Monday, October 4, 2010

Walt Whitman


Sorry for the delay in posting today's picture. I had a white fly infestation out in the Bean Barn, so had to run to town to get some neem oil to try and kill it back before the cucumbers were ruined.

Today's picture is of Walt Whitman. The picture was taken in 1879. He is sporting his trademark beard in the picture. Whitman was a poet, and one of the poems he is remembered for is "Beat! Beat! Drums!". To be honest with you, I don't get it.


BEAT ! BEAT ! DRUMS !
BY WALT WHITMAN.

BEAT ! beat ! drums!—Blow ! bugles ! blow !
Through the windows—through doors—burst like a force of armed men,
Into the solemn church, and scatter the congregation; Into the school where the scholar is studying;
Leave not the bridegroom quiet—no happiness must he have now with his bride;
Nor the peaceful farmer any peace plowing his field or gathering his grain ;
So fierce you whirr and pound, you drums—so shrill you bugles blow.
Beat ! beat ! drums ! Blow ! bugles ! blow !
Over the traffic of cities—over the rumble of wheels in the streets;
Are beds prepared for sleepers at night in the houses? No sleepers must sleep in those beds;
No bargainers' bargains by day—no brokers or speculators. Would they continue ?
Would the talkers be talking? would the singer attempt to sing?
Would the lawyer rise in the court to state his case before the judge?
Then rattle quicker, heavier drums-and bugles wilder blow.
Beat ! beat! drums ! Blow ! bugles! blow!
Make no parley—stop for no expostulation;
Mind not the timid—mind not the weeper or prayer; Mind not the old man beseeching the young man;
Let not the child's voice be heard, nor the mother's entreaties. Recruit! recruit!
Make the very trestles shake under the dead, where they lie in their shrouds awaiting the hearses.
So strong you thump, O terrible drums—so loud you bugles blow. 

14 comments:

  1. That poem was written just as the American Civil War was beginning. If you read it with that fact in mind, it makes a great deal of sense. Nothing will ever be normal again - no happy weddings, no going shopping, no sleeping peacefully.

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  2. Well, as I read it I figured it had to do with the Civil War, but
    I really still don't get it either.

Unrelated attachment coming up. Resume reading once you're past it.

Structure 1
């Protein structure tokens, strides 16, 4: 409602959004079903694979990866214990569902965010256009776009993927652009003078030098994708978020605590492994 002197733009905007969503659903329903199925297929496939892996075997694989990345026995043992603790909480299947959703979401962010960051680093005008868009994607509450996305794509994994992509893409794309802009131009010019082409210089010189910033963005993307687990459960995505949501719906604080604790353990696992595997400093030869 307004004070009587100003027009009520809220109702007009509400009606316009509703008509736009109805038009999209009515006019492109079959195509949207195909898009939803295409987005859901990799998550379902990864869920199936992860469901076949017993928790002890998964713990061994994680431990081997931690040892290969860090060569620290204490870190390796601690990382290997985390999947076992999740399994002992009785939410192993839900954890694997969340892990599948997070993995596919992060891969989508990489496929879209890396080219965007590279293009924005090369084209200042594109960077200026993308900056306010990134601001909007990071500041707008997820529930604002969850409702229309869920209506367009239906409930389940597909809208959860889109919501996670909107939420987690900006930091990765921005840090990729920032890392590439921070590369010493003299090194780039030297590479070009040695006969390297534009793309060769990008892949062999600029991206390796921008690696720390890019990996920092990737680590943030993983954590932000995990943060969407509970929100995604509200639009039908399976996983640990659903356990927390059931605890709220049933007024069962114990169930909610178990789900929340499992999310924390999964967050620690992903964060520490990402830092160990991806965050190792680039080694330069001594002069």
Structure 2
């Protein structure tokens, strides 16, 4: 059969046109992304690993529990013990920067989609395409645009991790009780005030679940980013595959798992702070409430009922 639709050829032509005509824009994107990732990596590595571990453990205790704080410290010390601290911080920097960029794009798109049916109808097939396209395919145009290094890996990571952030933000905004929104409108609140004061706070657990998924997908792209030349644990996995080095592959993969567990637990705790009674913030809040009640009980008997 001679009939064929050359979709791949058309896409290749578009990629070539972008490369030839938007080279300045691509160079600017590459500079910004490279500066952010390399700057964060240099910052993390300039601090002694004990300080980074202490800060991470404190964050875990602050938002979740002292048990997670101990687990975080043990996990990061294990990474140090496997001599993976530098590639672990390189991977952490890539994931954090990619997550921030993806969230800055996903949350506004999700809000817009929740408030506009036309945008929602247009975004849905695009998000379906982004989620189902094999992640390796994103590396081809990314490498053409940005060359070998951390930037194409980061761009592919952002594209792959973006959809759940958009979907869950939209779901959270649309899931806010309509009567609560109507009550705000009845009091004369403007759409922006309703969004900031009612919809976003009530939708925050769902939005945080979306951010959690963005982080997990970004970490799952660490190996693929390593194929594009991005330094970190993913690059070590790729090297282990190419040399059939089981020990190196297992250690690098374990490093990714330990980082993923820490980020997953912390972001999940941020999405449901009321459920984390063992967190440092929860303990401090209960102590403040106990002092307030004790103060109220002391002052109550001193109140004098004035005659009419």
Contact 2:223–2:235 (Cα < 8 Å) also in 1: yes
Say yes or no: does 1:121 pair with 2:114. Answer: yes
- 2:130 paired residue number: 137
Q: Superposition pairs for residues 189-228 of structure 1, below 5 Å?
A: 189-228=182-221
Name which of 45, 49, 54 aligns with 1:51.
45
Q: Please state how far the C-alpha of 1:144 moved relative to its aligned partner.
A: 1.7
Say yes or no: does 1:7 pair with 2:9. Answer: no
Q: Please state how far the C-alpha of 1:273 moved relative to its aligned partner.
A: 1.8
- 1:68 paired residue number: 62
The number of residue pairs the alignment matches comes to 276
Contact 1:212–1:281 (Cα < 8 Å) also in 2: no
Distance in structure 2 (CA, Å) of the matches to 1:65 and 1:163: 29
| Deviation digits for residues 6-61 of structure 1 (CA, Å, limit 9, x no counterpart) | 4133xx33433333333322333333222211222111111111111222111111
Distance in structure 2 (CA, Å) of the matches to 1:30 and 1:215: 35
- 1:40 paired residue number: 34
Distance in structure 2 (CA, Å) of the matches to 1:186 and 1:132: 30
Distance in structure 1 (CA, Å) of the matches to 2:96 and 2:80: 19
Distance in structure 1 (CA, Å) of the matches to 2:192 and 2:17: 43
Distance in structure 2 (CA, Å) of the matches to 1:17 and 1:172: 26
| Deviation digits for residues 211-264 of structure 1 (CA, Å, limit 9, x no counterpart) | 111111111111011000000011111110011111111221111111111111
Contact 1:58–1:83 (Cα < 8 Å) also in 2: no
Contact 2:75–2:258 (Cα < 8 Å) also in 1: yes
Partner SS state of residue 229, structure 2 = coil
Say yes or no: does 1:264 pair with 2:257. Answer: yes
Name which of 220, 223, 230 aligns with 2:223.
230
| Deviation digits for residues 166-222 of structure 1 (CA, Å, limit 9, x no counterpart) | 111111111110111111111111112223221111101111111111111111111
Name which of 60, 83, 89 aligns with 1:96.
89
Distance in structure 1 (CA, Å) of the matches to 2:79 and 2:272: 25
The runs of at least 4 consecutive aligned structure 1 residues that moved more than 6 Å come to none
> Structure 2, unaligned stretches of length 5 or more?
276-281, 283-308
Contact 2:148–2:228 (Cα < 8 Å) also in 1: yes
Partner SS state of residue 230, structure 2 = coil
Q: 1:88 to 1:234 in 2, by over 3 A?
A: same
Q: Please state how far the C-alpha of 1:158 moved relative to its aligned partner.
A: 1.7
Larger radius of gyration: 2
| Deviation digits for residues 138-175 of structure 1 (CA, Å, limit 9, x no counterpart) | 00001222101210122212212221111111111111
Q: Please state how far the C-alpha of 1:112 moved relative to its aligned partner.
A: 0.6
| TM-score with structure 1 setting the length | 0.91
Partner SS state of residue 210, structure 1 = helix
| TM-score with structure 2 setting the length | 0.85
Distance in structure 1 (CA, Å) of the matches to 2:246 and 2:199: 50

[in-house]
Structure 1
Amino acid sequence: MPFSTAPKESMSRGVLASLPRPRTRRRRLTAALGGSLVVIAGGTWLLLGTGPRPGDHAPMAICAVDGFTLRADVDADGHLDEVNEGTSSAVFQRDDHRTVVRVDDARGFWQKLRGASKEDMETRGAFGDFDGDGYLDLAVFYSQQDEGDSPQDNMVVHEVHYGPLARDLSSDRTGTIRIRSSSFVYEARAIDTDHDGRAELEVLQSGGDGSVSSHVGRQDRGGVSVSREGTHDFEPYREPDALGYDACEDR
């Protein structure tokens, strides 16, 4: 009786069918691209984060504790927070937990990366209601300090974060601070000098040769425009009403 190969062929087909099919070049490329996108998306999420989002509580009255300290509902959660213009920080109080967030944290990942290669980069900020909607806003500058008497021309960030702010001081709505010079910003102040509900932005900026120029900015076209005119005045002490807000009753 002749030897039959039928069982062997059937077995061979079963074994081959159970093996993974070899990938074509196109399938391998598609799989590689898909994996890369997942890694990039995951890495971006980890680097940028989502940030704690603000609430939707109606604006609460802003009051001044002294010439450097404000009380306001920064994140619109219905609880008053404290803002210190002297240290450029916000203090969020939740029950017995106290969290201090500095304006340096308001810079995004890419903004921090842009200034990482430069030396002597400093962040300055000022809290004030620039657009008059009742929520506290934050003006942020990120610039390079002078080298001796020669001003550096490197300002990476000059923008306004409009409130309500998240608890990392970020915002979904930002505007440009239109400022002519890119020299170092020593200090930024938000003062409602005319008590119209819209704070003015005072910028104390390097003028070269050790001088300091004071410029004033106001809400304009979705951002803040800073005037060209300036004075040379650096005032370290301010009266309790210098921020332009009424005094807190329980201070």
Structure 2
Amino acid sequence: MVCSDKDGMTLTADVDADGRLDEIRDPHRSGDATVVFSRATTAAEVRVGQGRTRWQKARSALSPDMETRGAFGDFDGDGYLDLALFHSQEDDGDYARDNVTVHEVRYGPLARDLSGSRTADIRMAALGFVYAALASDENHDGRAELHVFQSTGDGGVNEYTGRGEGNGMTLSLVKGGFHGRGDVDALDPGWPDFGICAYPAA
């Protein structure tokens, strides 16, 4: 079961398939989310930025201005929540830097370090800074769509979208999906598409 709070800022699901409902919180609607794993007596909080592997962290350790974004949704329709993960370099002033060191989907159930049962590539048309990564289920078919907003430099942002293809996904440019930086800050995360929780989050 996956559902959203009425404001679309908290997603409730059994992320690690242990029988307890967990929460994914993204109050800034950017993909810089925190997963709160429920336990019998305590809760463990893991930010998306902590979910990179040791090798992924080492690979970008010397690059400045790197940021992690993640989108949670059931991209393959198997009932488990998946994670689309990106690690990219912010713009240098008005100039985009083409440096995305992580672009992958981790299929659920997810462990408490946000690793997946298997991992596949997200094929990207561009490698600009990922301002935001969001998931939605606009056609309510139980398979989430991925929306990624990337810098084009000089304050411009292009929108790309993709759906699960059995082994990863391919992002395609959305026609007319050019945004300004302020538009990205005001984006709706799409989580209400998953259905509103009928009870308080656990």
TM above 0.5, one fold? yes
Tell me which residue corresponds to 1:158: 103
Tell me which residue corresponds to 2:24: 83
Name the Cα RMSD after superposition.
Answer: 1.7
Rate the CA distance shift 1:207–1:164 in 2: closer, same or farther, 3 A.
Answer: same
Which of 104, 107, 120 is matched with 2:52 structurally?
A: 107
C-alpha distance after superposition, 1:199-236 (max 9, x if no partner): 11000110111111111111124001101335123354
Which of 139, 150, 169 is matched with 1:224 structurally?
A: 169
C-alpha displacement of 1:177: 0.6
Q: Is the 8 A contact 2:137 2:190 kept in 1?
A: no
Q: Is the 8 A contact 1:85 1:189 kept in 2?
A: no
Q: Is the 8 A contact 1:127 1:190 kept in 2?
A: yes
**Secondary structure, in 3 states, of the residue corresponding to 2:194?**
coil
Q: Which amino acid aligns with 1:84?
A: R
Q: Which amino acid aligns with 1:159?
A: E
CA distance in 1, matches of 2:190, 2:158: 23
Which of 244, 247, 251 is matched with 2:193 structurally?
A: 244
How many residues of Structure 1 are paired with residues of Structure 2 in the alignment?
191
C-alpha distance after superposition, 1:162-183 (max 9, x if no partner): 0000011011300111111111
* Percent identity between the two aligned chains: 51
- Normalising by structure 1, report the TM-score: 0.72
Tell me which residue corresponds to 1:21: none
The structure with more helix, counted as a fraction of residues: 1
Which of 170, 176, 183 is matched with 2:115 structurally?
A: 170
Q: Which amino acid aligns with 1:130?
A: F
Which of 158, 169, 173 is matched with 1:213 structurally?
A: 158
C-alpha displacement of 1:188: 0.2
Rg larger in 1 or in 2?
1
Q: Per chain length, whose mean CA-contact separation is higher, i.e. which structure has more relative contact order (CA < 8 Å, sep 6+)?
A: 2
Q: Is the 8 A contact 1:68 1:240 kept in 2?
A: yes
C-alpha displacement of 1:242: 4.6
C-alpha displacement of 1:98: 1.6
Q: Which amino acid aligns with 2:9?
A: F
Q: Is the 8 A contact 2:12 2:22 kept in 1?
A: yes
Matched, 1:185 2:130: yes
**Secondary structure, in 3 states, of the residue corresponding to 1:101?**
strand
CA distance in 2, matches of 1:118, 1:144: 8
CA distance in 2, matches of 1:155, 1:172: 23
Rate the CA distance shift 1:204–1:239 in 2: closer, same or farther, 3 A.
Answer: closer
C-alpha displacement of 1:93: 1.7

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  3. Can it be PJM, that you simply don't relate to poetry? Some people just don't. My daughter has a Masters in Library Science,works in a University Library, yet doesn't "get" poetry either.Nor does she ever read fiction. She maintains that this is due to her "no nonsense" personality.Says she just wants the facts, not a bunch of flowery description.
    I, on the other hand, love reading poetry and literary classics--even modern fiction. This week on OPOD is going to be a great one for me. Keep those poets and their works coming!

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  4. I almost forgot! As we know, Whitman had some very unusual ideas for his time. He would have fit right in with the '60s. (1960s that is--Hippies, Flower Power and Stop the War.) I've always thought of this poem as an early anti-war anthem. He's saying that war is a force that sweeps everything along in its path with no regard for everyday hopes or desires.

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  5. Not knowing the first thing about Whitman, I second Lady Kildew's interpretation. It seems to me to be almost a sarcastic commentary on the call to war--"Oh, go ahead, everybody march off to the great Call of Duty, never mind these people just trying to get on with the important things in life."

    Which, to a poet would be more along the lines of a child's question, a honeymoon, or maybe a gentleman farmer finally getting his tractor. ;)

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  6. Walt Whitman is another of my favorite poets. The poem “Beat the Drums” was a rally for the North during the Civil War. “Leaves of Grass” is my favorite collection.

    Like his contemporary, Oscar Wilde, Whitman was either homosexual or bisexual but never admitted to it publicly(although it wouldn’t matter today).